"Ubuntu Linux Toolbox" by Christopher Negus and Francois Caen is a uniquely well organized reference book. In general I find the organization of reference books very random from a task point of view which makes this book stand out all the more. The organization is complemented by information that is both complete and understandable. I put a reference book to the test before purchase. I see how well it handles my latest problem. If it's an understandable and usable solution I buy it. Having been an Ubuntu user for a long time I find few new issues. I put "toolbox" to an even harder test. I checked on how well all my past problems were handled. They were all well solved. If I'd come across "Ubuntu Linux Toolbox" early on there would be fewer books on my shelf. My personal test was passed with flying colors.

Linux distributions are all built from the same collection of components. The open source world offers lots of choice and the mix of components in any particular distribution will defer. I can't begin to count the number of text editors or libraries that provide similar functions. Individual distributions pick from these similar components and combine them to create a more cohesive set of tools which they then further refine to operate as a total set of computing tools. As a result the instructions for using these systems varies. A GUI like Gnome masks some of these differences but at the command level the differences become apparent again. Most references that illustrate commands try to be distribution agnostic. What's lost are the all important examples that help a user apply these commands to their specific distributions. The "Ubuntu Linux Toolbox" is written for Ubuntu specifically and the authors made sure that the applicable examples are all there.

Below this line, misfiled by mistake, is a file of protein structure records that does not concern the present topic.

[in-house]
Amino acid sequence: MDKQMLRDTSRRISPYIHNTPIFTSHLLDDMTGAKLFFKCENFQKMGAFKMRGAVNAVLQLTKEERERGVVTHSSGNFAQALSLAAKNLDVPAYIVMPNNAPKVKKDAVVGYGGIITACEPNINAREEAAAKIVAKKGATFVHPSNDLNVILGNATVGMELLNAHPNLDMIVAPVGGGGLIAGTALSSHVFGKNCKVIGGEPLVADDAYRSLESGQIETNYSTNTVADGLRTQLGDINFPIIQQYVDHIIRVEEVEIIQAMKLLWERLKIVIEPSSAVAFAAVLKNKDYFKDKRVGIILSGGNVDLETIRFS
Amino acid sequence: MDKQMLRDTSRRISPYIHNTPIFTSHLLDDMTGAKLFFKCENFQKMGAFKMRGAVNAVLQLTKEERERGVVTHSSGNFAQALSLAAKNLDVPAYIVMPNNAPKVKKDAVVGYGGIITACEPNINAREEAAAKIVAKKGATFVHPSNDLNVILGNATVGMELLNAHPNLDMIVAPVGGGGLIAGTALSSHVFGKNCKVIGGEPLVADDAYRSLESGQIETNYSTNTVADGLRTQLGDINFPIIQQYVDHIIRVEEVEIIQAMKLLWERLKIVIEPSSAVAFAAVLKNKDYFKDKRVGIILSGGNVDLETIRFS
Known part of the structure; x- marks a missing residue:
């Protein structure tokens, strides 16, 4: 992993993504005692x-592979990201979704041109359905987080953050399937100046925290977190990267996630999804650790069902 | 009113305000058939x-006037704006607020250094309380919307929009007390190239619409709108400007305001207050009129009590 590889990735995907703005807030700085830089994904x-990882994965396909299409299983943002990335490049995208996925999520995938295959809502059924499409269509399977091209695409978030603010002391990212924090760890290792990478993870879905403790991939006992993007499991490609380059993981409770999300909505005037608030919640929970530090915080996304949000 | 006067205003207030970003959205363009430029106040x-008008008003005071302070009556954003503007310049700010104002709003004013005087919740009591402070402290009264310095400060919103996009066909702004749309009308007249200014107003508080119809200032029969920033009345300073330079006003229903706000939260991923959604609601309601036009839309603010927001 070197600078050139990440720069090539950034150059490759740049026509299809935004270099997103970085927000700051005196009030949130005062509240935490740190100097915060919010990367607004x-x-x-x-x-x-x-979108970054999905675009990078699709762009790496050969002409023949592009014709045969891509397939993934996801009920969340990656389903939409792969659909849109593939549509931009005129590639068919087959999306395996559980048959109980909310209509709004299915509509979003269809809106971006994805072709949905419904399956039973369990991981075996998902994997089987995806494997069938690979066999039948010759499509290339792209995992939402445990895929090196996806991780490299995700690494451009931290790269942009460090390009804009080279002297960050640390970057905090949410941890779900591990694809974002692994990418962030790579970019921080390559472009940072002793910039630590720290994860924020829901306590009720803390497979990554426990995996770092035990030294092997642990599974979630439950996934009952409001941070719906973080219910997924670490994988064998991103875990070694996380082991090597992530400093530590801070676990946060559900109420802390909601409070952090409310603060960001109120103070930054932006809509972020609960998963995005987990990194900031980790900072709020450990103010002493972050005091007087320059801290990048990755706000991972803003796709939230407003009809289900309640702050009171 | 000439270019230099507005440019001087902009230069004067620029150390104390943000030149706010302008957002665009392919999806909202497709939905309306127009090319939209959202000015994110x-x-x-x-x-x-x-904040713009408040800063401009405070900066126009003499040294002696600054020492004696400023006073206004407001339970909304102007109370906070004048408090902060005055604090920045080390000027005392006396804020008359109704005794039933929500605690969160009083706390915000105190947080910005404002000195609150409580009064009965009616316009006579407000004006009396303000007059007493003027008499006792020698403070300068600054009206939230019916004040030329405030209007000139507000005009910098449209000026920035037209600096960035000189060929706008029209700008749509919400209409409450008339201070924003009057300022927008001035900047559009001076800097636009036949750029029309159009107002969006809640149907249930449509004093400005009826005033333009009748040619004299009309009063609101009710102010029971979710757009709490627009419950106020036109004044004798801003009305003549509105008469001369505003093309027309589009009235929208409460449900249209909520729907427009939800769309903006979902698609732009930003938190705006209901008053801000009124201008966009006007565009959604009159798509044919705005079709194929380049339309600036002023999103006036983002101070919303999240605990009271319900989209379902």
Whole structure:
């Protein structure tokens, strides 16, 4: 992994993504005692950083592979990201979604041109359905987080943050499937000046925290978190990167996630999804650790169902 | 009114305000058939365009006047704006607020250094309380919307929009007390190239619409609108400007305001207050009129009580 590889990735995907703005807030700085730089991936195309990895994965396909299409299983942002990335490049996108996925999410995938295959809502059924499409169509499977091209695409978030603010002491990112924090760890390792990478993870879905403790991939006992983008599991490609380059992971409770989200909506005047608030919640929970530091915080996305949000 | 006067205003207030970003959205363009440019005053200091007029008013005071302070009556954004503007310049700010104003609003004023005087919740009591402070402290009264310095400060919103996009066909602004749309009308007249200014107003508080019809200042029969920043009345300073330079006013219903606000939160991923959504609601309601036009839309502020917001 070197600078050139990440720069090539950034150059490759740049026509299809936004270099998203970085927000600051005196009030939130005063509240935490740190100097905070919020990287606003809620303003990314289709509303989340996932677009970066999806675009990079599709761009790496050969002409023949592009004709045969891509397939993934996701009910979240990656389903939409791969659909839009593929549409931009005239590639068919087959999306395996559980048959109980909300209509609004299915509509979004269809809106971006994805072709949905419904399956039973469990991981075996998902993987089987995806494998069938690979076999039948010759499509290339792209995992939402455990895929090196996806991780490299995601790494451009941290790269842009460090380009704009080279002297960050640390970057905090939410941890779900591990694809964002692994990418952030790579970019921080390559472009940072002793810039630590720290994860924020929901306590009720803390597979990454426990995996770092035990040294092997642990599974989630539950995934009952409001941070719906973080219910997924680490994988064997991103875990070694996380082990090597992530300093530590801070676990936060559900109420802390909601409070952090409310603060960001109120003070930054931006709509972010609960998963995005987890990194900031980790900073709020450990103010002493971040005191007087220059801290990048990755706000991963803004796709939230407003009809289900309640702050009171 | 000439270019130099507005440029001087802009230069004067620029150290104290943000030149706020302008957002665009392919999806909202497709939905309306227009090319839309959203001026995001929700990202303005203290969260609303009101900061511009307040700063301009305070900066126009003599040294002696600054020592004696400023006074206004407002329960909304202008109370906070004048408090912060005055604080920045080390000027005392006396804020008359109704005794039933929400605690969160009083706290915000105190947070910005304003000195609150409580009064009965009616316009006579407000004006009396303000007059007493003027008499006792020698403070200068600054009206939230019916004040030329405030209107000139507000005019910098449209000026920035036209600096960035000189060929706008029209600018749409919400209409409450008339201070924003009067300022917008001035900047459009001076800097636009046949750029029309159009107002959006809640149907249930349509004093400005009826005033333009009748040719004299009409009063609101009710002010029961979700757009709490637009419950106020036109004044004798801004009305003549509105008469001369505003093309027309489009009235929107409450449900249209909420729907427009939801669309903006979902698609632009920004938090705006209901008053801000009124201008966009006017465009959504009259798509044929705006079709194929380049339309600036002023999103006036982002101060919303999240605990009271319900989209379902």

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18 of 19 people found the following review helpful By Mfragin on February 9, 2008
Format: Paperback
I just picked this book up at a local Borders (cheaper here, btw). After looking through their entire section trying to find an up-to-date book on Linux commands for the purposes I wanted, I chose this one.

Although Ubuntu is often called "Linux for Human Beings" or "Linux for non-geeks", I wanted to get geekier with the command line and have better control over my Ubuntu PCs. This book is perfect for someone who isn't afraid to tinker a little to get a lot in return. The section on multimedia is excellent.